Languages: mine and ours

March 12,2018

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Diversity is a complex phenomenon and the term itself connotes many things. It could be either perceptive or objective. Although it appears to have positive connotations, the term could lead to various forms of stratification among various groups.

Whatever its implications are, diversity is fairly common to society. Ingrid Piller, the Australian sociolinguist, writes in her book ‘Linguistic Diversity and Social Justice’ that: “diversity is a feature of all human societies and to the extent that it is possible to speak of ‘diverse individuals’ or ‘diverse groups’ everyone is equally ‘diverse”.

When we are confronted with the term ‘linguistic diversity’, two different images arise in our minds. We can, on the one hand, be linguistically diverse in the manner in which we speak a language while on the other we, as human beings, have multiple languages attached to our socialisation. In this globalised world, more and more people experience linguistic diversity on a daily basis. It is often billed as ‘subjective diversity’ as it is more a matter of perception.

Subjective diversity is, of course, on the rise while objective linguistic diversity – which is, more precisely, the number of languages spoken in the world – is on the decline. This decrease can be attributed to the extinction of ‘peripheral languages’. These are the clusters of languages that are at the bottom of the ‘language pyramid’ – an analogy created by Abram de Swaan for the global language system in his book ‘Words of the World’.

Swaan placed 98 percent of the world’s languages at the bottom of the pyramid and categorised them as “the languages of conversation and narration rather than reading and writing, of memory and remembrance rather than record”. His pyramid further categorises the remaining two percent languages as “central languages”, “super-central languages” and “hyper-central languages”.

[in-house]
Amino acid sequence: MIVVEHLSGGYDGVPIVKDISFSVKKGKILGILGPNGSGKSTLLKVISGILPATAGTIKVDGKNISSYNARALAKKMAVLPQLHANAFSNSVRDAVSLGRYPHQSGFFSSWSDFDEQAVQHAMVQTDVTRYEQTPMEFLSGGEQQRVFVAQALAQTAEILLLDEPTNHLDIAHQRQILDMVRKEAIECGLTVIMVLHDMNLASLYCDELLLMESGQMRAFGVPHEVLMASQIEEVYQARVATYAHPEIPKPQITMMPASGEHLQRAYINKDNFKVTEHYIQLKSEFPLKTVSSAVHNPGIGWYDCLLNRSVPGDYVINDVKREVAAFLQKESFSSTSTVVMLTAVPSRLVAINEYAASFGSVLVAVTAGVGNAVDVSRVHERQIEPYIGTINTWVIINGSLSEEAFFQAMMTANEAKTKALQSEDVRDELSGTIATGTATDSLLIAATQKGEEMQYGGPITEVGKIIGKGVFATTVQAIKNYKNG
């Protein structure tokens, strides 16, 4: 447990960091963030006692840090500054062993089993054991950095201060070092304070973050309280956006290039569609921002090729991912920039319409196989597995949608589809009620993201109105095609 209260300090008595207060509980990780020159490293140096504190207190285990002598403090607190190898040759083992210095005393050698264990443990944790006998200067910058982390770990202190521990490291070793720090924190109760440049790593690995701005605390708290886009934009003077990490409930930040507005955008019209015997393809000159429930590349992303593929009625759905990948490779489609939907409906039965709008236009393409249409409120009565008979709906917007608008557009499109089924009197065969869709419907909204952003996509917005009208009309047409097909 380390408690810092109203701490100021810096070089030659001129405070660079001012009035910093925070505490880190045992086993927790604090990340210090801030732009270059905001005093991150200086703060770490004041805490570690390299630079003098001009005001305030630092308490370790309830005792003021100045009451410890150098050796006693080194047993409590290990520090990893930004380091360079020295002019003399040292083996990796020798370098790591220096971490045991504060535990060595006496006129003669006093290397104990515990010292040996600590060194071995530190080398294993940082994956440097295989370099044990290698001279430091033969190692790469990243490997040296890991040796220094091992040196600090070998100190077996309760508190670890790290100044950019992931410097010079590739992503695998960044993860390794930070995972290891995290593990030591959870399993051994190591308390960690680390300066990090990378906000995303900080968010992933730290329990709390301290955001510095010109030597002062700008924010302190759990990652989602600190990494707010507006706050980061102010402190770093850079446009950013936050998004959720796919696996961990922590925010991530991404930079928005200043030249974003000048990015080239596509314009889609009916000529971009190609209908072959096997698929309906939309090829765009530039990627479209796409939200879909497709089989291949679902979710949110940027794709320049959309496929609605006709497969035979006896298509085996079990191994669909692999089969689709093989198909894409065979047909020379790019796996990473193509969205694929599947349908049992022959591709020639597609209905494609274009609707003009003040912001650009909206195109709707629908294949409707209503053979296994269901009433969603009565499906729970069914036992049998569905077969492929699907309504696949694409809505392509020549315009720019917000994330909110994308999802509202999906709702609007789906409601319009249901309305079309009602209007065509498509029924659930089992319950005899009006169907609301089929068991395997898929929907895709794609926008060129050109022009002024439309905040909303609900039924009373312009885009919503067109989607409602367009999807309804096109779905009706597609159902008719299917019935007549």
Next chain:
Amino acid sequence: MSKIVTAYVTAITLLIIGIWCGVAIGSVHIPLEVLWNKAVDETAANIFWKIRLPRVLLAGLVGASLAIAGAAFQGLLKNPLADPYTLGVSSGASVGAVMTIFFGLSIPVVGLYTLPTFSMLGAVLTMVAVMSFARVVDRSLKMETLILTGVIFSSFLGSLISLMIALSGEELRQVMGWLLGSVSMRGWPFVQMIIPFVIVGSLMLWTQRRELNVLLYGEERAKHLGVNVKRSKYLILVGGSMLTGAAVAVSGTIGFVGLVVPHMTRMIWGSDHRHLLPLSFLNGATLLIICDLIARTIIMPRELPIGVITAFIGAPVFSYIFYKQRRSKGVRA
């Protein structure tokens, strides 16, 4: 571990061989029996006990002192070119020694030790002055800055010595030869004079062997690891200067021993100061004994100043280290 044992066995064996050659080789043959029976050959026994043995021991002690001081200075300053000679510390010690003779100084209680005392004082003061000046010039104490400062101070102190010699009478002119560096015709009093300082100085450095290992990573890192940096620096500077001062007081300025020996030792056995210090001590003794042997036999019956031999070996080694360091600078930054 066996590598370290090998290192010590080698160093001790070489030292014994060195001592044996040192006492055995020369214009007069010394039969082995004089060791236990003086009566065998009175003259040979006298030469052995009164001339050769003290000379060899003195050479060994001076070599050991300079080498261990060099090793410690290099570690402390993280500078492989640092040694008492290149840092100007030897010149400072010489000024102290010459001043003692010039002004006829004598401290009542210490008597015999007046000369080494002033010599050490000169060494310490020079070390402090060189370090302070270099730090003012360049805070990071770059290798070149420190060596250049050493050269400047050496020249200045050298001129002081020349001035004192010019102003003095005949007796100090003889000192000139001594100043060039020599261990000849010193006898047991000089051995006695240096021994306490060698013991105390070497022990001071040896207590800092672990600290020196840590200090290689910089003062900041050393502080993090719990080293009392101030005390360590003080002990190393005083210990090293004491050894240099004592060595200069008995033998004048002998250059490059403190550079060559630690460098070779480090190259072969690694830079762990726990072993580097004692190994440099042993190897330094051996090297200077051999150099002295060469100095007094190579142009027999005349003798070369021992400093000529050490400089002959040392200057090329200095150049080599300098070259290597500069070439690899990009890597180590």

According to this categorisation, the central language in Pakistan is Urdu while English falls into the category of a hyper-central language. The remaining 70 languages are ‘peripheral languages’, with varying degrees of endangerment. Many of these languages, especially the ‘far-peripheral’ ones, are facing immense challenges.

For the last 10 years, however, there has been a growing realisation that these languages need to be protected and promoted. A number of private initiatives are being taken by NGOs and the people to preserve these languages. Organising events such as the Pakistan Mother Languages and Literature Festival is among these measures. This event is organised by the volunteers of the Indus Cultural Forum in collaboration with the National Institute of Folk and Traditional Heritage – popularly known as Lok Virsa – and a few civil society organisations in Islamabad. Such national-level gatherings have been held for three consecutive years since 2015.

Although all languages that are spoken in Pakistan are featured at these events, many languages that are in danger of extinction are presented more empathically. Panel discussions are organised on various issues pertaining to language and culture where writers, activists and researchers present insights on the documentation, preservation and promotion of their respective languages. In addition to these talks, experts in linguistics and education are also invited to speak to participants about the significance given to these languages in the education sector and the role of mother tongue-based early childhood education.

Language discrimination and the policies and practices on the part of the government also form the basis of most panel discussions. The launch ceremonies of books that are published in various regional languages are an important feature of these festivals. Books stalls are also set up for visitors at Lok Virsa where books on languages and culture are sold.

Such festivals are usually organised on International Mother Language Day, which is observed on February 21. These events


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